It's scary stuff and we should take it seriously. All of us, including the nice liberal churches who don’t like to rock the boat, should take it seriously.
A politician once said that we should understand less and condemn more. Mr Anonymous lives by this injunction, as we have seen, but perhaps more of the "mainstream" churches could take a leaf out of his book. I know that sounds as if I'm contradicting everything I’ve just written, but bear with me. What I mean is that, rather than just not being as extreme as the actively patriarchal, woman-hating, contraception-forbidding, education-suppressing churches on the right wing of the Christian spectrum, they could try exploding the myths that these sects and movements perpetrate.
And it's not all happening overseas. Only last week, news stories emerged about the misleading information offered to women visiting some pregnancy advice centres in the UK, and the issue isn't so much about their pro-life stance as about the tactics they employ, the lack of transparency about their funding sources and their unregulated access to vulnerable women who are being led to believe that they will receive professional and impartial medical advice. These aren't women who are members of the churches involved, but their bodies are still seen as a suitable site on which to stage a moral battle. The religious organisations backing these centres may believe they have God on their side, but since when did God require his servants to be insidious and underhand while they are about his work?
Churches who want to retain any credibility should publicly distance themselves from such groups and movements. They're giving Christianity a bad name, and "Sorry, not my department," just doesn't cut it as an excuse for inaction. But if churches, and individual Christians, keep silence and allow their fellow Christians to carry on unchecked, who can blame the secularists for tarring them all with the same brush?
Of course, some of the extremists are not devious or dangerous single-issue campaigners. Some of them are just outspoken trouser-fetishists with nothing better to do than inundate other people's blogs with their shouty comments. Those in the latter group are pretty harmless. Nobody needs to condemn them; they condemn themselves.
There may be FP folk reading this who are horrified to find themselves mentioned in the same blog post as some of these other groups, but if it hadn’t been for an FP adherent’s extreme reaction to my blog I would probably never have lumped them all in together or found myself associating what could be dismissed as an antiquated and mildly misogynistic attitude to clothing with a broader agenda to suppress women's freedoms in the name of religion.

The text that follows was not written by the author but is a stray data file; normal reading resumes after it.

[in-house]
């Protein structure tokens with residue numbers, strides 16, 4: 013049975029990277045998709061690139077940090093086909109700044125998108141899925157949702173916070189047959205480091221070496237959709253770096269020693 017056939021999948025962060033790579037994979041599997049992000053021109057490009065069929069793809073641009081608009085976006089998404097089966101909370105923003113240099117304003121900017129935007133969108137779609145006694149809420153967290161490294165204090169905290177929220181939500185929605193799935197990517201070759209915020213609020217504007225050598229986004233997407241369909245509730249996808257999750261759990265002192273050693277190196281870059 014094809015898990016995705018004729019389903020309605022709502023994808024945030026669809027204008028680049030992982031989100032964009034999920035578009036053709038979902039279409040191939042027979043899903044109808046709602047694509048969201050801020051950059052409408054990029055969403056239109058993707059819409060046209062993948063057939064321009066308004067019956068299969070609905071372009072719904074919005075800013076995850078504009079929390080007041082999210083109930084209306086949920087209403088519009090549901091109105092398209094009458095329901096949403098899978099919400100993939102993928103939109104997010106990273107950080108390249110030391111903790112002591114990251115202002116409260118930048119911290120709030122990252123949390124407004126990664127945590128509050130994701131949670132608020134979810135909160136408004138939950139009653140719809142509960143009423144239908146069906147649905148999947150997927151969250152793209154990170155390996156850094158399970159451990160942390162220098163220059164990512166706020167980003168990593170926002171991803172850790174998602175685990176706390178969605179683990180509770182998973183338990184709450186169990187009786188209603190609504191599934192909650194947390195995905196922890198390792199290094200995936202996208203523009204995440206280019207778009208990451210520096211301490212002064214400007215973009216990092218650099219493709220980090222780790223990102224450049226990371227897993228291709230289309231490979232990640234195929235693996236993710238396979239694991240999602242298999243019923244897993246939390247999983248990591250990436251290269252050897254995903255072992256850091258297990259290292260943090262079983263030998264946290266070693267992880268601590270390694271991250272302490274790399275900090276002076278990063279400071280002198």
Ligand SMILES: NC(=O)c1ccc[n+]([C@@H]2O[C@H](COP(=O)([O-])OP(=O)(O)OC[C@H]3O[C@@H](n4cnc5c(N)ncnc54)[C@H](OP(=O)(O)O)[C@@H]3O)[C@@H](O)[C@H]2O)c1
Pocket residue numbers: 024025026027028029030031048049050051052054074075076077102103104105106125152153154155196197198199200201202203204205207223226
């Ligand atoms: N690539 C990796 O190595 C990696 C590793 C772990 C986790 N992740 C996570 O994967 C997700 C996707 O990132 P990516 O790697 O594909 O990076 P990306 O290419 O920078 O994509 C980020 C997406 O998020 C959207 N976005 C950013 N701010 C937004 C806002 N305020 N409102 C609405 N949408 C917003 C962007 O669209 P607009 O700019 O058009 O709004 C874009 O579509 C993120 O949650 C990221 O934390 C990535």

Until now, I’d always thought of the FPs simply as a slightly less fun version of the Free Church – a bit odd and cheerless, perhaps, and to judge by my visit last year not very friendly either, but nothing to worry about too much. Now, thanks to the comments from one of their worshippers, I see them as the thin end of a wedge whose fat end can look very sinister indeed.
Let us take comfort where we can, though. The prospects for FP girls aren't so very bleak. Some of themgrow up to become members of Parliament and hold their own opinions ... or at least those of their party, rather than those of their parents.
But hey, maybe I've got it wrong. A single, childless woman with a mind of her own and several pairs of trousers to choose from ... in the eyes of certain people who call themselves Christians, I'm past saving and nothing I say should be given too much credence. Meanwhile, the justified trouser-haters of cyberspace can be assured of their place in heaven.
Monday, 10 February 2014
So a month has gone by and my Soul Search mission seems a long way behind me already. Maybe I’ve actually got this out of my system. Maybe I don’t need to sum up neatly. Maybe I can just say, “Been there, done that, no longer interested.”
I started 2013 with the tentative label “post-Christian monotheist”, and I reached the end of it without having to change that label. Am I a monotheist? I am prepared to be a theist, in the sense that I cannot say (as the fool doth in his heart) that there is no god with enough certainty to call myself an atheist, and yet I’m not particularly comfortable with the idea of being an agnostic, which is the category you might expect the unconvinced to fall into.
But one thing’s for sure. Christianity is a thing of my past. There will be no more churches. I can’t see myself ever again being lured towards such a belief system. It might look attractive and simple at the outset, but scratch the surface and you’ll spend the rest of your life trying to reconcile its myriad inconsistencies. Of course, you could just adopt a blind-faith attitude that stonewalls all argument and criticism, but that’s not a very mature or persuasive stance to take.
Oh yes, you have to be persuasive, because once you’re in, you’re supposed to evangelise and recruit and spread the word, like a lowly latecomer in a pyramid sales scheme. But at some point – and it may take years to reach that point – you’ll realise you’ve been sold a pup. I realised that a long time ago, if I’m honest about it, but I wanted to be really, really sure. And after fifty-odd churches, I'm about as sure as I can be … where Christianity is concerned, at least. I’m not ruling out other faiths; I am in no position to do so at this stage.